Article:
I’m nearly done revising the last Alvin’s Farm novel, the next book in the pubbing queue. Today I’ll look over the last chapter via my iPod, then read over the Word document. Depending on how that goes (minimal tweaks, hopefully catching any last typos), that will be it. If I tweak more than is good for me and the book, I’ll plop another version of it on the iPod, then one more glance at the Word doc, sort of like wash rinse repeat. Releasing that novel will be a major thrill, in that the series will be complete, whew! The small delight is just some prose I stumbled across in the revising, and what it means to me.
Each author reaches that point; reading some bit of their book and being stunned at how perfect it is. Writers are always aware it could be better, but sometimes… Sometimes we actually nail it, but you can’t go galavanting with a banner in your hand screaming, ‘I just wrote the most fantastic line of dialogue!’ or something equally ostentatious. Yet, in the solitude, reading over those rather brilliant paragraphs or just one sentence, I couldn’t help but think, ‘Hot damn! That is totally it!’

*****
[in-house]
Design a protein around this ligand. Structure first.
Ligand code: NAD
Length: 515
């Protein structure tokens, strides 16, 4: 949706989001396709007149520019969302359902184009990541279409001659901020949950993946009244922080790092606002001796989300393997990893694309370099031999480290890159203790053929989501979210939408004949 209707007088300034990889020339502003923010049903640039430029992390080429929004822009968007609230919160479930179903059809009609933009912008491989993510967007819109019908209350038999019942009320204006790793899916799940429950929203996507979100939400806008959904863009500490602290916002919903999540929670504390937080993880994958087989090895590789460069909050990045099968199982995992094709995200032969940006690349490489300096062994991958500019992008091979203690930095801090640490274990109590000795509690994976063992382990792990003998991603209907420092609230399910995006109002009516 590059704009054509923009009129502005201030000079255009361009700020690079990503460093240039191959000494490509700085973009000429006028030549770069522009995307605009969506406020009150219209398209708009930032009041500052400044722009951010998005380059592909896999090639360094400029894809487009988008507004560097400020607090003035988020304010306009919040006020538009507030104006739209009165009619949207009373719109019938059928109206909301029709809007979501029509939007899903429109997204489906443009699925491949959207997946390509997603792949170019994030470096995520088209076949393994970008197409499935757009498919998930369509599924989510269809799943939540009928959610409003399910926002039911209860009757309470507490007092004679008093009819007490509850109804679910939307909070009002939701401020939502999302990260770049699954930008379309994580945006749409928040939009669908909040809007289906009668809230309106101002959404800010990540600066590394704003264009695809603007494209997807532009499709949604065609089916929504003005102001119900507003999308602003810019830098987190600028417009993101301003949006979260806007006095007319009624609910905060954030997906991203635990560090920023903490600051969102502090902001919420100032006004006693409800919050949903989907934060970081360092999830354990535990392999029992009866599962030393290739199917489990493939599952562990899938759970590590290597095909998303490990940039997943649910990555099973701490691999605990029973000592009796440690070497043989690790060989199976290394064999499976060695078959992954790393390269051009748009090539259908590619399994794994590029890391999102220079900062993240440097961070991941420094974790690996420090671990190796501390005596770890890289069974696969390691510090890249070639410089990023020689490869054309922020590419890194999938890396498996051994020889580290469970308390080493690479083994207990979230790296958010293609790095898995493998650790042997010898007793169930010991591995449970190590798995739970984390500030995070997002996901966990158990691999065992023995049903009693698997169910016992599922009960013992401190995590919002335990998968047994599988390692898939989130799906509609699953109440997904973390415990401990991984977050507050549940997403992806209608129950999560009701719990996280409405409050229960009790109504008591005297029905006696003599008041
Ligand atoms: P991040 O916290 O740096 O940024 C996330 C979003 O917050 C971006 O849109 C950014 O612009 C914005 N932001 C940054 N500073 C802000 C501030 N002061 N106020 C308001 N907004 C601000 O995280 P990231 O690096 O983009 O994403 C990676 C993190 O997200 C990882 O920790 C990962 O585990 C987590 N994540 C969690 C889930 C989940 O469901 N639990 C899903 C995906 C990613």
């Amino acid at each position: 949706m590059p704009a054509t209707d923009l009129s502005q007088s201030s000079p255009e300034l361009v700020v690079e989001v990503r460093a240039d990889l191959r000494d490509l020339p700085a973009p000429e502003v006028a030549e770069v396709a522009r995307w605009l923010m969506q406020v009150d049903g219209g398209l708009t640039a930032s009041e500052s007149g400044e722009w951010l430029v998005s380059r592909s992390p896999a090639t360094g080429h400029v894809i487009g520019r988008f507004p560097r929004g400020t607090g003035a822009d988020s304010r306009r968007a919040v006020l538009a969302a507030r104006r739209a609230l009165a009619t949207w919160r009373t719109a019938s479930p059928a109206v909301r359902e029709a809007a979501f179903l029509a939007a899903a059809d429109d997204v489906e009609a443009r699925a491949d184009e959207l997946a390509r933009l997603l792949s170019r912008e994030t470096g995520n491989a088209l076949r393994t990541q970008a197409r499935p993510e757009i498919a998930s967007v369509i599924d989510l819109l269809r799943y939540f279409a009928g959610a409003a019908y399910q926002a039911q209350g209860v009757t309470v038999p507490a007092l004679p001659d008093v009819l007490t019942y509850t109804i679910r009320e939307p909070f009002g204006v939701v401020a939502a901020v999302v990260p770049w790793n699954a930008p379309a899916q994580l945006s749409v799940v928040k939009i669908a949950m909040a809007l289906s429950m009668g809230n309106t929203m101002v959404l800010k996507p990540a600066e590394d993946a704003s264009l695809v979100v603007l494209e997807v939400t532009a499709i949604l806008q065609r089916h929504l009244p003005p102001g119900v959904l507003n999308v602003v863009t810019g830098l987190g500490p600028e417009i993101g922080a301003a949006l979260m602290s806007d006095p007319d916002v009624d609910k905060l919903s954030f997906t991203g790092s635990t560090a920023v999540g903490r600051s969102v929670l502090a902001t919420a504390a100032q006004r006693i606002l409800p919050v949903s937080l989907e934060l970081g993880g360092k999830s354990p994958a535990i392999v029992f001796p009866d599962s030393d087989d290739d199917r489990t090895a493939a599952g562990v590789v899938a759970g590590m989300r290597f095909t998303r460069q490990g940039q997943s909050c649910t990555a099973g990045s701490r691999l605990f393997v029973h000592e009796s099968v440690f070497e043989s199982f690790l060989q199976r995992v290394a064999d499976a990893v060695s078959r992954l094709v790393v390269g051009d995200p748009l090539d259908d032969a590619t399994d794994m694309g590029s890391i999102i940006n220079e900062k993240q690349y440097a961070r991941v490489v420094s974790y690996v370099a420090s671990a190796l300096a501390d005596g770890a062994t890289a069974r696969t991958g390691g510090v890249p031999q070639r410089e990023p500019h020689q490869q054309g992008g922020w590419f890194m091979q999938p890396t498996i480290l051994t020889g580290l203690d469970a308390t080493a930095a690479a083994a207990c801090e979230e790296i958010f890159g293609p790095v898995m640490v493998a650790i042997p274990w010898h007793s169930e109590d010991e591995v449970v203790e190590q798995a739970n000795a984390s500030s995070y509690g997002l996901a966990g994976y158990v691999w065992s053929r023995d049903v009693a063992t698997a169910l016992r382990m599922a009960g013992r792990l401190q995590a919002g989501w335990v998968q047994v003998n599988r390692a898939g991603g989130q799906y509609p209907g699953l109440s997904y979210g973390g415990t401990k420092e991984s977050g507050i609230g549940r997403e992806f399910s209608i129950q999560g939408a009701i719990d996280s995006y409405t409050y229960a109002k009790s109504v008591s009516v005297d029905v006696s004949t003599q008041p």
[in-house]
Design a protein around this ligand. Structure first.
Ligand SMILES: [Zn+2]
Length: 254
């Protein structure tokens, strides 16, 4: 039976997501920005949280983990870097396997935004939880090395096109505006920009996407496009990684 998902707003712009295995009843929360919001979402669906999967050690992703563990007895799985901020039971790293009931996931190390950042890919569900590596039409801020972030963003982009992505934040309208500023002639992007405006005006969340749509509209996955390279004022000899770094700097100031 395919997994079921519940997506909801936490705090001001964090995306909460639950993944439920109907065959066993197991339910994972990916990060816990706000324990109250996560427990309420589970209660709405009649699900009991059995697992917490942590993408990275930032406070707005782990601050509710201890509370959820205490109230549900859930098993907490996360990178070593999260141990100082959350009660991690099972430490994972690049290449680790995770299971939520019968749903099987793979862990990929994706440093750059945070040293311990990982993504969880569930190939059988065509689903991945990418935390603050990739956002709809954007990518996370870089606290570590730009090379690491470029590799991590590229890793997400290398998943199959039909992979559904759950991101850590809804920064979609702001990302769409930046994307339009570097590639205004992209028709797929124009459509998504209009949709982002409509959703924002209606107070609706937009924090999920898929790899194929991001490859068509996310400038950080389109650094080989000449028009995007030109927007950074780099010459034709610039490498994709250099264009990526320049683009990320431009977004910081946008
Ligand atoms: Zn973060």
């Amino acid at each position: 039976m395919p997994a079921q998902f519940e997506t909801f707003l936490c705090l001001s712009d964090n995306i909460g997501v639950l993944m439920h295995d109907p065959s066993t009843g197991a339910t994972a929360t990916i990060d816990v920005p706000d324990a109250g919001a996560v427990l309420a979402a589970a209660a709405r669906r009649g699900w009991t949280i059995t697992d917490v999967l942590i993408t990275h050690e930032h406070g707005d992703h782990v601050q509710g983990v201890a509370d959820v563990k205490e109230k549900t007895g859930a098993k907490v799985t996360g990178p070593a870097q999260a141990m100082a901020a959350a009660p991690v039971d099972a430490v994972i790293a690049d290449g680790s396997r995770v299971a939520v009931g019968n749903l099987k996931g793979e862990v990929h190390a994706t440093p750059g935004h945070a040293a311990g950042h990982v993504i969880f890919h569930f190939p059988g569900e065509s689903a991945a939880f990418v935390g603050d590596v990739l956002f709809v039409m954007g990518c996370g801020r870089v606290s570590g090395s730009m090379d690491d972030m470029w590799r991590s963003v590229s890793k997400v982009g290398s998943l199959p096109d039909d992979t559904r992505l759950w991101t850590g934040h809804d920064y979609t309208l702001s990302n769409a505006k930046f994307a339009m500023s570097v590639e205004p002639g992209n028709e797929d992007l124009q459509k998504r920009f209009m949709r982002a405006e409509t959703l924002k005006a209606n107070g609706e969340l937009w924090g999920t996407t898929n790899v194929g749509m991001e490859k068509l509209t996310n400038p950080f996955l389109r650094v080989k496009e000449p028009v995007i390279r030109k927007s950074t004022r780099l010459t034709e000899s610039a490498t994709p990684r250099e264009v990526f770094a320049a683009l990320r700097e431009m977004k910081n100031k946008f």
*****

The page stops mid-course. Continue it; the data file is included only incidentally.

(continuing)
This morning I peeked at a photography site that always blows my mind; Patrick Latter is a blessed, hard-working genius. He recently visited Hawaii, and what I absorbed this morning has to be included in this post, for two reasons. 1) To make your day just a little more beautiful. 2) I wonder if a photographer feels the same as I do when viewing a scene that will be snapped and forever immortalized. In those seconds, maybe just one, as the picture is recorded, what do they see?
Books go through so many revisions, but once a picture is captured, well, cropping and tweaking commence, but the prep work for a photograph is before it has been taken. Maybe that’s similar to how writers research, outline, etc. That small moment of taking the picture is akin to how I write, word after word after word. What remains afterwards, in the finished novel and photograph, is what remains forever. Or in some cases, as long as the internet holds.
I’m probably not getting across all I want, I’ve not yet had any tea. I just wanted to note that sometimes writers get it right. (Or this writer is pretty darn close.) Patrick Latter couldn’t have gotten it any more correct in Hawaii, or in any of his other shots. Maybe it’s a nature versus nurture thing. Maybe I need my morning cuppa. Maybe beauty really is in the eye of the beholder. If nothing else, it’s Monday, I’m almost done revising what is (currently) my favourite novel written by yours truly. In a few minutes, I’ll have some tea. Life is indeed very good.